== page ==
The Advertising Standards Authority (ASA), the self-regulatory organization of the advertising industry in the United Kingdom, has sent an “Enforcement Notice” to over 50 companies that promote digital assets, asking them to review their ads.
The notice mandates crypto companies to comply with the regulator’s guidance, warning that a failure to do so could push the agency to “implement sanctions” on the firms.
More specifically, the ASA’s guidance requires advertisers to clearly state that digital assets are not regulated in the UK and that they are subject to extreme volatility.
Moreover, the advertisements should not suggest that investment decisions are suitable for anyone, easy or trivial, nor should they evoke fear of missing out (FOMO) and a sense of urgency.
“We’re concerned that people might be enticed by ads into investing money they can’t afford to lose, without understanding the risks,” Guy Parker, the ASA’s Chief Executive, was quoted as saying. “Working alongside the FCA, we’ll take strong action against any advertiser who fails to ensure that their ads are responsible.”
The notice is aimed at all advertisements and promotions related to crypto exchanges, digital assets, or ads that involve the transfer, sale, or supply of crypto assets, according to the watchdog.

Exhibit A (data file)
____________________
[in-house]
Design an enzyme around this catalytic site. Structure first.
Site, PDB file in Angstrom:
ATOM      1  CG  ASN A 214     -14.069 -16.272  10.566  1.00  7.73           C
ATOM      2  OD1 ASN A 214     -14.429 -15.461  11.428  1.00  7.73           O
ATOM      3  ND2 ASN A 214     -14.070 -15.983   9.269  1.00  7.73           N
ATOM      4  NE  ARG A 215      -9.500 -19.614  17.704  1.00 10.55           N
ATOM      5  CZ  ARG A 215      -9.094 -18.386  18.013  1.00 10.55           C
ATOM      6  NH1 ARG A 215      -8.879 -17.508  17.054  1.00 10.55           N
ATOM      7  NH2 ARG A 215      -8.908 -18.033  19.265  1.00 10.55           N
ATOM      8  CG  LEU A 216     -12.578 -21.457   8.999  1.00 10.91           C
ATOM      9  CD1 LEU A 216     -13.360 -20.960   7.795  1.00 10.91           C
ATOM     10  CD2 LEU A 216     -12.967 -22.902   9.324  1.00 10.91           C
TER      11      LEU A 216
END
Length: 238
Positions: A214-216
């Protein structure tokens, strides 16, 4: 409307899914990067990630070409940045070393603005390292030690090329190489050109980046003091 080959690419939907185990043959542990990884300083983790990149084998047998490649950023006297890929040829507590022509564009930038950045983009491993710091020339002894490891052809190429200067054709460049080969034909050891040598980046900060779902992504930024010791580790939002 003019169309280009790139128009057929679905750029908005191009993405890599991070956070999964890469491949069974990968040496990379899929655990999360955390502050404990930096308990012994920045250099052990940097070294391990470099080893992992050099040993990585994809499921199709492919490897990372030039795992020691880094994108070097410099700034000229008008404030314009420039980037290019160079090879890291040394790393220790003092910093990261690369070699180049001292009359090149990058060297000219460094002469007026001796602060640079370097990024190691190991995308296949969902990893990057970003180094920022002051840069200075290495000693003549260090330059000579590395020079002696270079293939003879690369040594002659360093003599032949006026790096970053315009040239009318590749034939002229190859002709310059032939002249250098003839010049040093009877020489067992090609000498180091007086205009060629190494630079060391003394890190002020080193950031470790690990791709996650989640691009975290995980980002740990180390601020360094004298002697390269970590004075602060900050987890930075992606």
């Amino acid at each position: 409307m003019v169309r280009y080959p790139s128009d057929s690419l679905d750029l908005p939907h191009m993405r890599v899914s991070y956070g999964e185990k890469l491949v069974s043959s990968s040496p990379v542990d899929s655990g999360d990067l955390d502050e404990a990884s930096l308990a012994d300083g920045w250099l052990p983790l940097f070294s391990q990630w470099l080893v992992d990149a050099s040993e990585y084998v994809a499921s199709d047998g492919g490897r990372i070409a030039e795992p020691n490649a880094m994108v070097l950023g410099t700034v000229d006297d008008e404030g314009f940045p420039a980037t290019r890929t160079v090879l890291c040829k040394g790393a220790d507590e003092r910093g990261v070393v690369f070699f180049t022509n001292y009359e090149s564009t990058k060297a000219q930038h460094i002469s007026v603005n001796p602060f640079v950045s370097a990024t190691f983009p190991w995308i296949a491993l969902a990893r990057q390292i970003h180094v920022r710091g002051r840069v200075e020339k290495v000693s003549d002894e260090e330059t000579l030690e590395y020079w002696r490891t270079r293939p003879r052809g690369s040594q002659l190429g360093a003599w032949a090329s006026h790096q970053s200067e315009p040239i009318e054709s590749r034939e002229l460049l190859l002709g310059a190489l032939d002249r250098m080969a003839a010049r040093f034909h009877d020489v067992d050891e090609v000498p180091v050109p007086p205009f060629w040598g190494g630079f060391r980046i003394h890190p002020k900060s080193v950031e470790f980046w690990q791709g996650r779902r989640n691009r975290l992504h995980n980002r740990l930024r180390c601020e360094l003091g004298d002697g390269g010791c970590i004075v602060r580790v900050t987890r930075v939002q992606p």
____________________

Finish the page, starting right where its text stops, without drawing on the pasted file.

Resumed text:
The ASA added that they are working alongside the financial regulatory body, the Financial Conduct Authority (FCA), and will take action against those who fail to abide by the rules. The agency also revealed that it would conduct follow-up monitoring, and would take “enforcement action” if problem ads persist beyond May 2.
“People should be wary of any promotion promising high investment returns and do further research before investing, including through the FCA’s InvestSmart website,” said Sarah Pritchard, the FCA’s Executive Director for Markets. “Crypto assets remain unregulated and those who invest in them should be prepared to lose all their money.”
Throughout 2021, UK’s watchdogs clamped down on a number of crypto ads that were perceived as “misleading.” And just earlier this month, the ASA banned an advertising campaign launched by the floki inu (FLK) project, which was considered to evoke fear of missing out.
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